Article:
I like Alice Cooper’s music, and I like Crowded House too. I even like The Bee Gees now, and I never thought that would happen. Who knows? Maybe I’ll become a TGC fan. I’m so glad you got the chance to see them live!!!!!! Did you *try* meeting any of them in Sydney? I know you didn’t meet them, but I wonder if you gave it a shot to go backstage.

        “Jimmy and the Boys” – I thought their music was family friendly! Methinks I’m mixing them up with another Aussie band, don’t you? The name “Jimmy Barnes” is popping up in my brain. I’ll have to do some internet surfing.

        I’ll let you know what I think of the tunes! I have a feeling I won’t be bored.

      2. Yeah, Jimmy Barnes and his old band Cold Chisel are pretty iconic around these parts. A big favourite on pub juke boxes.

        Jimmy and the Boys is something very different though. You might think you know gay rock from bands like The Village People, Queen or Pansy Division but these guys take it to a new level. The vocalist was Ignatious Jones, a ballet dancer, cabaret artist and contortionist (he would cross his legs behind his head and walk around stage on his butt cheeks). The transgendered keyboardist is Joylene Hairmouth (aka Bill O’Riordan). I only ever voted in one Australian election and she was standing for the senate. Even though I was a member of the Australian Democrats (well to the left of the US party) and had been campaigning for their senate candidate (who happened to be the father of my best friend at school), Joylene got my first preference vote.

        I almost invariably push my way to the front at concerts and mosh out right next to the stage and speakers but between the smoke bombs, flying bits of burning plastic (they torched a large doll and waved it around for “Baby’s on Fire”) and blood spitting I was just as likely to be pushing away from the stage at one of their gigs.

        It can be hard to find clips of their shows but here’s a two part one of a 1981 performance of “Butchy Boys” at Selina’s in Coogee. Again, it’s not one for the kiddies.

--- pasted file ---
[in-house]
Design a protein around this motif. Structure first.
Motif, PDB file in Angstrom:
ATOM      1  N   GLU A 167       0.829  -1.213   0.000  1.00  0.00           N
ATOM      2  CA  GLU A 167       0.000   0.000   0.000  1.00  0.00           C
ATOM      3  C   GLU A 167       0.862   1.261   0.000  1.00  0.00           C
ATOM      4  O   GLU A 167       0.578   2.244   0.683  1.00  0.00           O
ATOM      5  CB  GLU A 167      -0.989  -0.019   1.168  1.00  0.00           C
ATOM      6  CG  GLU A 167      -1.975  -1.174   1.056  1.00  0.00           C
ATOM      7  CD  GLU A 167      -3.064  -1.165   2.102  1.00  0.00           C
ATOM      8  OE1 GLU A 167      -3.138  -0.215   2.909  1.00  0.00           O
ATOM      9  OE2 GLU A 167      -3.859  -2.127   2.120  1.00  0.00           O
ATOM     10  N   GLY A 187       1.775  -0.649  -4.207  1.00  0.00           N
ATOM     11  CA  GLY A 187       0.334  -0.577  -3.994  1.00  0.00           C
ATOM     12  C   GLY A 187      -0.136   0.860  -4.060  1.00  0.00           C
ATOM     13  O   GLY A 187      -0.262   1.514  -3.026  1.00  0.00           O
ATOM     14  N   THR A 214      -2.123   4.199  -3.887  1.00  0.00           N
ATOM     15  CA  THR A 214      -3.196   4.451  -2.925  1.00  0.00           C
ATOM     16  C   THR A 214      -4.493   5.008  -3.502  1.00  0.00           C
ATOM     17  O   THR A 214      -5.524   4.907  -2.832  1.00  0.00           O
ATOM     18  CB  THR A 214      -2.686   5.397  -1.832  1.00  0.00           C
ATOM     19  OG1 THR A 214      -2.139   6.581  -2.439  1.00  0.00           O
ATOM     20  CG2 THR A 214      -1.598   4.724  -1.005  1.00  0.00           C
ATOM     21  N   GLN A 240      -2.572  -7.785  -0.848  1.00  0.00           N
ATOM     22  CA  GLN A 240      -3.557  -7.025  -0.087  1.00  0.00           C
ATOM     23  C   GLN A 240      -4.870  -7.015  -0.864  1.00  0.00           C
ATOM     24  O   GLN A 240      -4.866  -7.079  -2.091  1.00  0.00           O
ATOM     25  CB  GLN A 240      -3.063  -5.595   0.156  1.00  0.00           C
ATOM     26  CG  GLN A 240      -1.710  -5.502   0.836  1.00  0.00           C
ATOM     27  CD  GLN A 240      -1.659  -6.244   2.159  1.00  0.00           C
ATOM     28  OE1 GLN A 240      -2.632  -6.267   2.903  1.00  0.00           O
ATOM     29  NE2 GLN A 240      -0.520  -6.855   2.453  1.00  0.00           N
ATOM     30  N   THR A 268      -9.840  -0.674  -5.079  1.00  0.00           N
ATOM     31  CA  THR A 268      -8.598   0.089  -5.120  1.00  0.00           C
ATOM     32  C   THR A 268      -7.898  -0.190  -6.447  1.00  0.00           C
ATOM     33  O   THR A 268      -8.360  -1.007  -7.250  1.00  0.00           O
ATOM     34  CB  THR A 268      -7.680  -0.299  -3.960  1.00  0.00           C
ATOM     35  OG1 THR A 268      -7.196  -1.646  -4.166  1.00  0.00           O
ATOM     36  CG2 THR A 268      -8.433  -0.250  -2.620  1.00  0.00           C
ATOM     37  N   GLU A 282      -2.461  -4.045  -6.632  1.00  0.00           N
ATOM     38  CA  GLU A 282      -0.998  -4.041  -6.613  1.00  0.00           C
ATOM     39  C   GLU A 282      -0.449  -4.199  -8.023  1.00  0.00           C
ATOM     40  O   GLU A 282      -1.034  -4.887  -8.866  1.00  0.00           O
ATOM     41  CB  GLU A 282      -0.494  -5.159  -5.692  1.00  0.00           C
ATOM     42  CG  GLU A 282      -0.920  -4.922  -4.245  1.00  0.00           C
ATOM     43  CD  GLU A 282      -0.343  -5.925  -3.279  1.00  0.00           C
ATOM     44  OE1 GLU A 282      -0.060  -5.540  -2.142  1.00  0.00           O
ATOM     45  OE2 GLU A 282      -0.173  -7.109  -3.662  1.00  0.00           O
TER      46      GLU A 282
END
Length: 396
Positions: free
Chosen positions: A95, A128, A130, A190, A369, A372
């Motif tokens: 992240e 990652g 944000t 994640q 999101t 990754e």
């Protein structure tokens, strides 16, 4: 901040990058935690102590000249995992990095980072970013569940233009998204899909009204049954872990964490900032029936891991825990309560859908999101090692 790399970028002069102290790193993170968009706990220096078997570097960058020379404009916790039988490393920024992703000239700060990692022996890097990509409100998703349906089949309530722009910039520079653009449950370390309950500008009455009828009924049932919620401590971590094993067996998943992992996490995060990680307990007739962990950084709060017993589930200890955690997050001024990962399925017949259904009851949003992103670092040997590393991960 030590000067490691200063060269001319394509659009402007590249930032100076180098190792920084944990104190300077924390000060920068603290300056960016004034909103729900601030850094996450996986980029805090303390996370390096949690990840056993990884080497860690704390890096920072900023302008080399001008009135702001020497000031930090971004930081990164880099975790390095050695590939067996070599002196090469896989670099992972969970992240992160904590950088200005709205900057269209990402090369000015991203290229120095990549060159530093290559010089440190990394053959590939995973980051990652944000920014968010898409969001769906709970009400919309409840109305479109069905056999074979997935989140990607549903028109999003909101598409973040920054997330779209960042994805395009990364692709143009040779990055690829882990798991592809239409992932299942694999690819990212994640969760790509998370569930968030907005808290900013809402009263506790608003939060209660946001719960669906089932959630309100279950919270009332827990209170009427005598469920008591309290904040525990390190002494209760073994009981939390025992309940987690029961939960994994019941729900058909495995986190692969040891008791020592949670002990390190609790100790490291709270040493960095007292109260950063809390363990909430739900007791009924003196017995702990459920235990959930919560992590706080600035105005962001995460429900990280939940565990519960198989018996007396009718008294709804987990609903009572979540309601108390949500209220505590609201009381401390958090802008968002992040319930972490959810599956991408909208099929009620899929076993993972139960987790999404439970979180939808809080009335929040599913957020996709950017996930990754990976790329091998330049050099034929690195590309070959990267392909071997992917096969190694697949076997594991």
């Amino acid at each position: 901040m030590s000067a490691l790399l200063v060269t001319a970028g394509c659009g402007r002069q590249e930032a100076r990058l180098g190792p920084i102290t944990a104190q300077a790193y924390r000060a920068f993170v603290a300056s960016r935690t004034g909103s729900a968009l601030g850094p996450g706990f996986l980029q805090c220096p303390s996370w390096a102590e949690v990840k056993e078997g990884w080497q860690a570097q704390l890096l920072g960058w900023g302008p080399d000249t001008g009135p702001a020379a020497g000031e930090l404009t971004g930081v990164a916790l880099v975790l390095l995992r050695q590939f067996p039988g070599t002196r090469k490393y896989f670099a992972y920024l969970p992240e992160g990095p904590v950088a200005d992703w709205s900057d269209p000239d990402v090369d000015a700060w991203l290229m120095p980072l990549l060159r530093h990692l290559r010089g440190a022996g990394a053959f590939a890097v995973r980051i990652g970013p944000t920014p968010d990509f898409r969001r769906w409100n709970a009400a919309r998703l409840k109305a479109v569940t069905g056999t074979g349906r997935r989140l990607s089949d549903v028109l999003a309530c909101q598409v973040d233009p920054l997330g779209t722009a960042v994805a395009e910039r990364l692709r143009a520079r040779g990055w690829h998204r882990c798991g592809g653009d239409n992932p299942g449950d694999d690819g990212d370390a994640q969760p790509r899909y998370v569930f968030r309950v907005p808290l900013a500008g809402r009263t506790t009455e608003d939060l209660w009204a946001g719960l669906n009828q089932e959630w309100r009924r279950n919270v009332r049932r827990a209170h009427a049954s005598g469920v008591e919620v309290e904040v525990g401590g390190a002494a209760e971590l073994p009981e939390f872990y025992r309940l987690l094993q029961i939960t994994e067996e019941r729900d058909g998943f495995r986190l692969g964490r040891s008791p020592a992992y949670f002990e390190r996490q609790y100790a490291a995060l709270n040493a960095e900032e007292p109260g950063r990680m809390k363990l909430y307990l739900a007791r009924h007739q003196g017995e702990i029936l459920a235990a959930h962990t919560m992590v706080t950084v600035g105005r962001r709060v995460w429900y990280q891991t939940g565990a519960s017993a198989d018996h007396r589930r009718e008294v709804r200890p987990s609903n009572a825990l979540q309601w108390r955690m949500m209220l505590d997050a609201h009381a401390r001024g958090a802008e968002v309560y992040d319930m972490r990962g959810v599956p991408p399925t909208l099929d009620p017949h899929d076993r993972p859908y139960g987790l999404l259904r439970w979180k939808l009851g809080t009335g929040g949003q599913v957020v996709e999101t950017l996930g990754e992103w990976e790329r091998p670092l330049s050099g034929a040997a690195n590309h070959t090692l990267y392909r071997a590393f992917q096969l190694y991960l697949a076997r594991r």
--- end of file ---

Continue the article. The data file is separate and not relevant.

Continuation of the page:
And yeah, Alice Cooper was one of my first musical loves and I still play his albums pretty regularly, especially School’s Out and Love it to Death. When he brought the Welcome to my Nightmare tour downunder (with the sainted Vincent Price!) that was the first time I saw an international live act.

      3. BTW, I can’t read the name of your mentor without remembering another one of my favourite shock rockers, Wendy O Williams (bipolar, suicide by gunshot). She never brought her band, The Plasmatics, to Australia so I never saw her, just bought the albums. Their show was banned in several US cities.

        I doubt Jimmy and the Boys would have been able to play in any US cities, with the possible exception of New York.

      4. When I start flogging Aus rock it can be hard to stop. Lunacy was always a major theme of Australian music (I bet you’d love The Sunnyboys, with their schizophrenic singer/songwriter Jeremy Oxley). I think my early exposure to that sort of thing helped me to come to terms with my own insanity, though some friends and family would probably say it’s what caused it.

        For over four years I was obsessed with The Divinyls – or rather with their vocalist Chrissie Amphlett – despite their soft edge in comparison to most of my preferred bands. Here’s a clip of their depression masterpiece, Elsie. As you can see the US audience has a bit of trouble working out what to make of them. As you can also see, Chrissie was a witch.

        Since 2006 Shark Fin Blues by The Drones has been consistently voted the best Aussie song ever in polls of songwriters. It uses the sinking of a ship as a metaphor for the onset of psychotic depression. Grungy blues rock. Poignantly horrifying.